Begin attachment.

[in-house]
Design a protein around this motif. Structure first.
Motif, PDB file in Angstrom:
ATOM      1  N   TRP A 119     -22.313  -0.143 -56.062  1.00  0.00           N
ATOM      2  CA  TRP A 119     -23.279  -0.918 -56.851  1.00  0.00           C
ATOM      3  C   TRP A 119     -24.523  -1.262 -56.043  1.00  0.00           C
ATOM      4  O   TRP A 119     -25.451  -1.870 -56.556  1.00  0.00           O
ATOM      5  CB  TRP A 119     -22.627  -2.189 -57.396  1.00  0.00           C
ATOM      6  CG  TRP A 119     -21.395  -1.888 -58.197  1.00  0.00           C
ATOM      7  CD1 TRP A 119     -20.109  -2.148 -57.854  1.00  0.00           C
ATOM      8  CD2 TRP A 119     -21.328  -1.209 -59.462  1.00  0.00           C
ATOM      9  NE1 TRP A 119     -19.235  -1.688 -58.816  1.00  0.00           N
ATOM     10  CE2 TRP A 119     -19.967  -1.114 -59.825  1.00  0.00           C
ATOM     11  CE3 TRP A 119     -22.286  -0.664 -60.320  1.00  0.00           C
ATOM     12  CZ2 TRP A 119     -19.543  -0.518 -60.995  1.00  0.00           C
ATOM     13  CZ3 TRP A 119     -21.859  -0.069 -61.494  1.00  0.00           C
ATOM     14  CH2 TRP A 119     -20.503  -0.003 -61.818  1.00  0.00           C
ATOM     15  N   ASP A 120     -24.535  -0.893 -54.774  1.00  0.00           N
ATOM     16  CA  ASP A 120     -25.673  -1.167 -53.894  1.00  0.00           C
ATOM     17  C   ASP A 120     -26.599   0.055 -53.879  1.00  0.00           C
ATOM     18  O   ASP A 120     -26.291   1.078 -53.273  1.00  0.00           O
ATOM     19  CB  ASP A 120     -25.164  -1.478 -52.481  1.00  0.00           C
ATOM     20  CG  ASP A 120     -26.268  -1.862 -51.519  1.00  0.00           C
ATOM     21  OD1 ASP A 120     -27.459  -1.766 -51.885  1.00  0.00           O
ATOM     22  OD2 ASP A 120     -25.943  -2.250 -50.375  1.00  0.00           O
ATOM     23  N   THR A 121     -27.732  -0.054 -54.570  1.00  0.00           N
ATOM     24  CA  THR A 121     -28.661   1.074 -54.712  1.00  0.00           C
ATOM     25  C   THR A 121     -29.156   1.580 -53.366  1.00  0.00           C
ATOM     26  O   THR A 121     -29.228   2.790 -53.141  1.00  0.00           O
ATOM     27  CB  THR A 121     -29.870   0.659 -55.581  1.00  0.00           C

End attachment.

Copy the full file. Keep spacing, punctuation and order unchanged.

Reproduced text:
[in-house]
Design a protein around this motif. Structure first.
Motif, PDB file in Angstrom:
ATOM      1  N   TRP A 119     -22.313  -0.143 -56.062  1.00  0.00           N
ATOM      2  CA  TRP A 119     -23.279  -0.918 -56.851  1.00  0.00           C
ATOM      3  C   TRP A 119     -24.523  -1.262 -56.043  1.00  0.00           C
ATOM      4  O   TRP A 119     -25.451  -1.870 -56.556  1.00  0.00           O
ATOM      5  CB  TRP A 119     -22.627  -2.189 -57.396  1.00  0.00           C
ATOM      6  CG  TRP A 119     -21.395  -1.888 -58.197  1.00  0.00           C
ATOM      7  CD1 TRP A 119     -20.109  -2.148 -57.854  1.00  0.00           C
ATOM      8  CD2 TRP A 119     -21.328  -1.209 -59.462  1.00  0.00           C
ATOM      9  NE1 TRP A 119     -19.235  -1.688 -58.816  1.00  0.00           N
ATOM     10  CE2 TRP A 119     -19.967  -1.114 -59.825  1.00  0.00           C
ATOM     11  CE3 TRP A 119     -22.286  -0.664 -60.320  1.00  0.00           C
ATOM     12  CZ2 TRP A 119     -19.543  -0.518 -60.995  1.00  0.00           C
ATOM     13  CZ3 TRP A 119     -21.859  -0.069 -61.494  1.00  0.00           C
ATOM     14  CH2 TRP A 119     -20.503  -0.003 -61.818  1.00  0.00           C
ATOM     15  N   ASP A 120     -24.535  -0.893 -54.774  1.00  0.00           N
ATOM     16  CA  ASP A 120     -25.673  -1.167 -53.894  1.00  0.00           C
ATOM     17  C   ASP A 120     -26.599   0.055 -53.879  1.00  0.00           C
ATOM     18  O   ASP A 120     -26.291   1.078 -53.273  1.00  0.00           O
ATOM     19  CB  ASP A 120     -25.164  -1.478 -52.481  1.00  0.00           C
ATOM     20  CG  ASP A 120     -26.268  -1.862 -51.519  1.00  0.00           C
ATOM     21  OD1 ASP A 120     -27.459  -1.766 -51.885  1.00  0.00           O
ATOM     22  OD2 ASP A 120     -25.943  -2.250 -50.375  1.00  0.00           O
ATOM     23  N   THR A 121     -27.732  -0.054 -54.570  1.00  0.00           N
ATOM     24  CA  THR A 121     -28.661   1.074 -54.712  1.00  0.00           C
ATOM     25  C   THR A 121     -29.156   1.580 -53.366  1.00  0.00           C
ATOM     26  O   THR A 121     -29.228   2.790 -53.141  1.00  0.00           O
ATOM     27  CB  THR A 121     -29.870   0.659 -55.581  1.00  0.00           C